The introduction of iOS 8 is here. What’ s new? Well, one thing is for sure… this is the biggest devkit release for Apple ever.
How does it change things for developers like us? Let’s find out in a quick summary, so you don’t have to read all the mumbo jumbo…
Notifications are now going to be more interactive, letting you swype down to reply immediately, even from the lock screen. This likely won’t affect much for you as an app reskinner, but it can if you take some time to integrate push notifications with enhanced interactivity. For example, you could bring a user to a specific part of your app based on what push notification you send them.
Like Android, iOS 8 introduces word multiple word suggestions as you’re typing. Personally, I’m not sure how I feel about this, as I’ve used both and found that auto-correct works fine for me 95% of the time. However, it could be useful to have a list of a couple words to choose from. They take this one step further by relating the word suggestions to the person you’re talking to, so which word suggestions come up will depend on the context. Crazy stuff.
Again, probably not much of a change for developers and reskinners.
Group messaging features will be updated to give you more power, including naming the thread, ignoring certain people, and more.
Audio messages – With the surge in popularity of apps like SnapChat and other self-destructing messages, this makes sense. You will be able to send audio snippets which can be self-destructing.
Video messages – Same as above, and they can be self-destructing.
This could hurt developers that were moving into cloning apps like SnapChat, or coming up with similar ideas, like self-destructing audio apps. Be careful!
We knew this was coming. Health apps have been huge, and the name of Apple’s app will be just that… Health. It will connect to our health-tracking apps so that you can access everything in one centralized location.
New For Developers
Health: Accessing the HealthKit APIs can be huge for you. We’ll likely see an increase in independently developed health & fitness apps, with a lot of innovation and crazy ideas. With all that user’s data on their weight, blood pressure, exercise, and more, we’re bound to see a flood of apps that take advantage of this information and trend to capitalize on it in a ton of different ways.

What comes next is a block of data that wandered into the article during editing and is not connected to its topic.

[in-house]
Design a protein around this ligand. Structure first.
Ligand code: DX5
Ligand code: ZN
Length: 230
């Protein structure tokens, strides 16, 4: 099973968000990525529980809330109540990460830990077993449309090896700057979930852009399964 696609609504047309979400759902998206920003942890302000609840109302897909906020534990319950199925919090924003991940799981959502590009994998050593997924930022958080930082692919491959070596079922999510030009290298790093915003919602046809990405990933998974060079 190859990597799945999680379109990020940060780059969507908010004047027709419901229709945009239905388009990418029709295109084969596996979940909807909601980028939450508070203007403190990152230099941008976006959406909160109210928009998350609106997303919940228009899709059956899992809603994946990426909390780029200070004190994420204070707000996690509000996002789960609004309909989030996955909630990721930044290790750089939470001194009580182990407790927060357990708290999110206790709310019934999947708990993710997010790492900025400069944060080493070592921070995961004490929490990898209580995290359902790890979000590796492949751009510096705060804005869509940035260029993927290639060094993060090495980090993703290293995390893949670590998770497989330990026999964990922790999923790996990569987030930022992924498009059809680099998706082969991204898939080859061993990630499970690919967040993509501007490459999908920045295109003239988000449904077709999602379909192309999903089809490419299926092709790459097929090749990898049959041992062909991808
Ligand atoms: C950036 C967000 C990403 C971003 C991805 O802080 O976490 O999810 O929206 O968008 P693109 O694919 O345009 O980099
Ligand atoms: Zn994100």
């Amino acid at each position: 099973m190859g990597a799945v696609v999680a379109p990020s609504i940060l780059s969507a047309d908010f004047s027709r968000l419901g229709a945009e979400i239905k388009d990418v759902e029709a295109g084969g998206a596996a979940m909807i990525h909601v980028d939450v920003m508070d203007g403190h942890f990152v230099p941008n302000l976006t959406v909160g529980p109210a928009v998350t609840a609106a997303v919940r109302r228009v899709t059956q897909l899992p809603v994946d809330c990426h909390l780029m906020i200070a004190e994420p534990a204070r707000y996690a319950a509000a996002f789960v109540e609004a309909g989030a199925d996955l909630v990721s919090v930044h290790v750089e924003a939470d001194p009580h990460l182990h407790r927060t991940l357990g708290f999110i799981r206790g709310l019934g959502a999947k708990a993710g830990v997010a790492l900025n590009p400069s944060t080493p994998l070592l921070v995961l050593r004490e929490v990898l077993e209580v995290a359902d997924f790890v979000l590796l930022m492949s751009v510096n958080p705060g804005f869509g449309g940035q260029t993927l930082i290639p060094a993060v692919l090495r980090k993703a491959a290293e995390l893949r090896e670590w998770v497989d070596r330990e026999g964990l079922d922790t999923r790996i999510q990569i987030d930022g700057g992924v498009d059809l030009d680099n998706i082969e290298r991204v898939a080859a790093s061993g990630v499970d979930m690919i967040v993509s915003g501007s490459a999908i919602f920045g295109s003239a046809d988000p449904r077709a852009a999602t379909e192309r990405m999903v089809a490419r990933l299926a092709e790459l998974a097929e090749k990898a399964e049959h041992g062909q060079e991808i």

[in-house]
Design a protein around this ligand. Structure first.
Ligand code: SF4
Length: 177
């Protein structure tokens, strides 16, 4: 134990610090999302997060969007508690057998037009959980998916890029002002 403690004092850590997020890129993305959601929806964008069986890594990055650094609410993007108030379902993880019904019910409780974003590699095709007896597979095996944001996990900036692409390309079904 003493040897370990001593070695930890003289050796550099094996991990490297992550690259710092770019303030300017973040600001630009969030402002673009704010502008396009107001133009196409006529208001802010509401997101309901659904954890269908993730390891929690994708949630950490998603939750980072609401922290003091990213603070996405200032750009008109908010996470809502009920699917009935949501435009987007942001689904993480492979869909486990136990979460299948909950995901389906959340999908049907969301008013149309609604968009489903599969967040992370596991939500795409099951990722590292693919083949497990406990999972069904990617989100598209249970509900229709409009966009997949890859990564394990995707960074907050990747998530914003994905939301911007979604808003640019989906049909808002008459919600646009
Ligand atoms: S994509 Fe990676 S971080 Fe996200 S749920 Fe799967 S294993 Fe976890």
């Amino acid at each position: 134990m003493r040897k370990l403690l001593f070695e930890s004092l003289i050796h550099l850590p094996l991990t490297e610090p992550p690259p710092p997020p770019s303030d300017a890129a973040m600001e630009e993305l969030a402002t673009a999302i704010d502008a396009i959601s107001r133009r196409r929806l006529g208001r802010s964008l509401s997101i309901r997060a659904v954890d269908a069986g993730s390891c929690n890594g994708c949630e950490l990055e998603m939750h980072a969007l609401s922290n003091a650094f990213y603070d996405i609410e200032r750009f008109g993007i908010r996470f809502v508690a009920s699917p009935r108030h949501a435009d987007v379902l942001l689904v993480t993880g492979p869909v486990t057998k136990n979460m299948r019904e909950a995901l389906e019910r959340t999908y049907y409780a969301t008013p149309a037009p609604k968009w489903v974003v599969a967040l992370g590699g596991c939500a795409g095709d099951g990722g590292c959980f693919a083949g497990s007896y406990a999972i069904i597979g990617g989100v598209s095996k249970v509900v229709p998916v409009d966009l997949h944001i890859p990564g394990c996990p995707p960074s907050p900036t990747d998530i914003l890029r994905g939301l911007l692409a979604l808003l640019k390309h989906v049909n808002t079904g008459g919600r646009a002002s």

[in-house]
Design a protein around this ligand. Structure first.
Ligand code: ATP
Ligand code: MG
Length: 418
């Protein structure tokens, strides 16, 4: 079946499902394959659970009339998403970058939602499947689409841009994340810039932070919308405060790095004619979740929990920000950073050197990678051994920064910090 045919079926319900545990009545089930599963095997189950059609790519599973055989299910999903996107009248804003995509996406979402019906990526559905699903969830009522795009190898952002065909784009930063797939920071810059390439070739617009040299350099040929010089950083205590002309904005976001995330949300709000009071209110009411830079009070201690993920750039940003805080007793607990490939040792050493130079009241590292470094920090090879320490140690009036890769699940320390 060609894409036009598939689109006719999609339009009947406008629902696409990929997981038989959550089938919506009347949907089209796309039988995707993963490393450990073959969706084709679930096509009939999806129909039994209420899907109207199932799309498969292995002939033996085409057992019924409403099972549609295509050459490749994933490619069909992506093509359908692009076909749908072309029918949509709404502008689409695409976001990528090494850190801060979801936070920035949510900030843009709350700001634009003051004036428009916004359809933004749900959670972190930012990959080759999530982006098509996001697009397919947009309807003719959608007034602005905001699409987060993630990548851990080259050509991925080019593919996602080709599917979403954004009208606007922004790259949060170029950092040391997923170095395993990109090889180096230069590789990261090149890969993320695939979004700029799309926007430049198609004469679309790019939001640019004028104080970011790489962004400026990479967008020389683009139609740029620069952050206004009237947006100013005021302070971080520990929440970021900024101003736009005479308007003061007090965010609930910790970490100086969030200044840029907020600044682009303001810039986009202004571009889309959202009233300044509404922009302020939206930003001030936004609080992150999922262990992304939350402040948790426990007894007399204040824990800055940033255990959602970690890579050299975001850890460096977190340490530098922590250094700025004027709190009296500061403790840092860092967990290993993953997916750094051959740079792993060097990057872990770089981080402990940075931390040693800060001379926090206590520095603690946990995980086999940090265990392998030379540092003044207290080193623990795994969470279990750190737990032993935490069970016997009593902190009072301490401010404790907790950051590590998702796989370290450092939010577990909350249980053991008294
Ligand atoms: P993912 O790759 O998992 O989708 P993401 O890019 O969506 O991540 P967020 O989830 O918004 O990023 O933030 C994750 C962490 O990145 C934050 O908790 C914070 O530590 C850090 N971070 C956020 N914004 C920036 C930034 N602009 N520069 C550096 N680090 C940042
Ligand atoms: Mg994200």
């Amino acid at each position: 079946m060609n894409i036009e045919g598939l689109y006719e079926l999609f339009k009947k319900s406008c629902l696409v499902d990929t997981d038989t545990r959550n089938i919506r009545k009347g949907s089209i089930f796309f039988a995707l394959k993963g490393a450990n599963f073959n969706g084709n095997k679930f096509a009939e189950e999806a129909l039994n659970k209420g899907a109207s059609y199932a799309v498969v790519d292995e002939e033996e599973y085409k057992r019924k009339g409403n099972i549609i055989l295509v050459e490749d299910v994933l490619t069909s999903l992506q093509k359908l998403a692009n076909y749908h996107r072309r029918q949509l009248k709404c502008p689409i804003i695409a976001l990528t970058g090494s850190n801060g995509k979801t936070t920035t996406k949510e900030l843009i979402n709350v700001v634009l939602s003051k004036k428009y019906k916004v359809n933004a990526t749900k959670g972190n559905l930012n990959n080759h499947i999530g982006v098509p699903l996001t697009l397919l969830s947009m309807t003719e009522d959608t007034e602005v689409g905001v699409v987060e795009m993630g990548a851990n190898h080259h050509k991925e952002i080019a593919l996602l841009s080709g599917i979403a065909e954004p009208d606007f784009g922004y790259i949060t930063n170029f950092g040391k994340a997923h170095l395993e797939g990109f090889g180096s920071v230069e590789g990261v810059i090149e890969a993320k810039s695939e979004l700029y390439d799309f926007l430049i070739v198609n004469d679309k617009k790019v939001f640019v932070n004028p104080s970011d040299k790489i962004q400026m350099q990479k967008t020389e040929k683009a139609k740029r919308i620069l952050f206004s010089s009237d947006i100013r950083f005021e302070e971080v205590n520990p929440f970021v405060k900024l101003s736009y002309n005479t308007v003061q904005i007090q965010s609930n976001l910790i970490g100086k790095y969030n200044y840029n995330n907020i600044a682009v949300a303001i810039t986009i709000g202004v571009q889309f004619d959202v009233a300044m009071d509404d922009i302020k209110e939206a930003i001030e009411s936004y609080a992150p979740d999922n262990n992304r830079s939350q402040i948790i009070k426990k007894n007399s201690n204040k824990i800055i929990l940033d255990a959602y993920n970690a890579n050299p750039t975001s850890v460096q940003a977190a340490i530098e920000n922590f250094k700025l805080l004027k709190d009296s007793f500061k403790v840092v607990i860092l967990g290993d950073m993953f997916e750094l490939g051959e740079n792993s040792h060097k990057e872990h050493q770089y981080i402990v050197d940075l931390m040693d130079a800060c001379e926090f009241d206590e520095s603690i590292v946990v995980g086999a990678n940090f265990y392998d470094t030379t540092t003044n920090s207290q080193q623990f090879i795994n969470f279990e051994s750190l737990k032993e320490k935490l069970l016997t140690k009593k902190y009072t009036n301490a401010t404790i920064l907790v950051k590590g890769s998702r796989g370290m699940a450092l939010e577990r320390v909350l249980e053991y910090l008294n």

Touch ID: Like with HealthKit, having access to the Touch ID APIs opens up lots of doors… more specifically, in the area of authentication. We’ll most likely see more privacy apps, or updates to apps to allow more privacy. Of course, we’ll probably also see more “fake” scanning apps that claim to read your personality and things like that based on your fingerprint.
Home: HomeKit is going to allow a lot more objects in the home to be paired with your iOS device, and more and more apps will control things like lighting, audio, TV, and more.
Third-Party Keyboards: This is not new if you also use an Android device. Possibilities here are also endless, and it would be smart to come up with some nice keyboard ideas now.
Photos: PhotoKit and new camera APIs means more flexibility and higher quality photo and photo editing apps; however, Apple is going to have filters in their native Photo app, so marketing a “Photo Filters” app alone probably won’t do well for you.
Metal: New and improved graphics technology, especially for those interested in 3D, console-like, graphics.
Swift: A new programming language that coexists with Objective C, the language that Xcode uses. Again, this won’t necessarily mean changes for your previous apps, but a new tool to improve development going forward.
It will be another big year for Apple, and another for developers. Opening doors to Health, Home, and Touch ID should prove to be interesting. A new programming language and enhanced graphic technology should also improve the types of apps we see in the App Store. Of course it is likely that simple, addictive apps will continue to succeed, as they always do and always have.
What are your thoughts on this news? Concerned? Excited?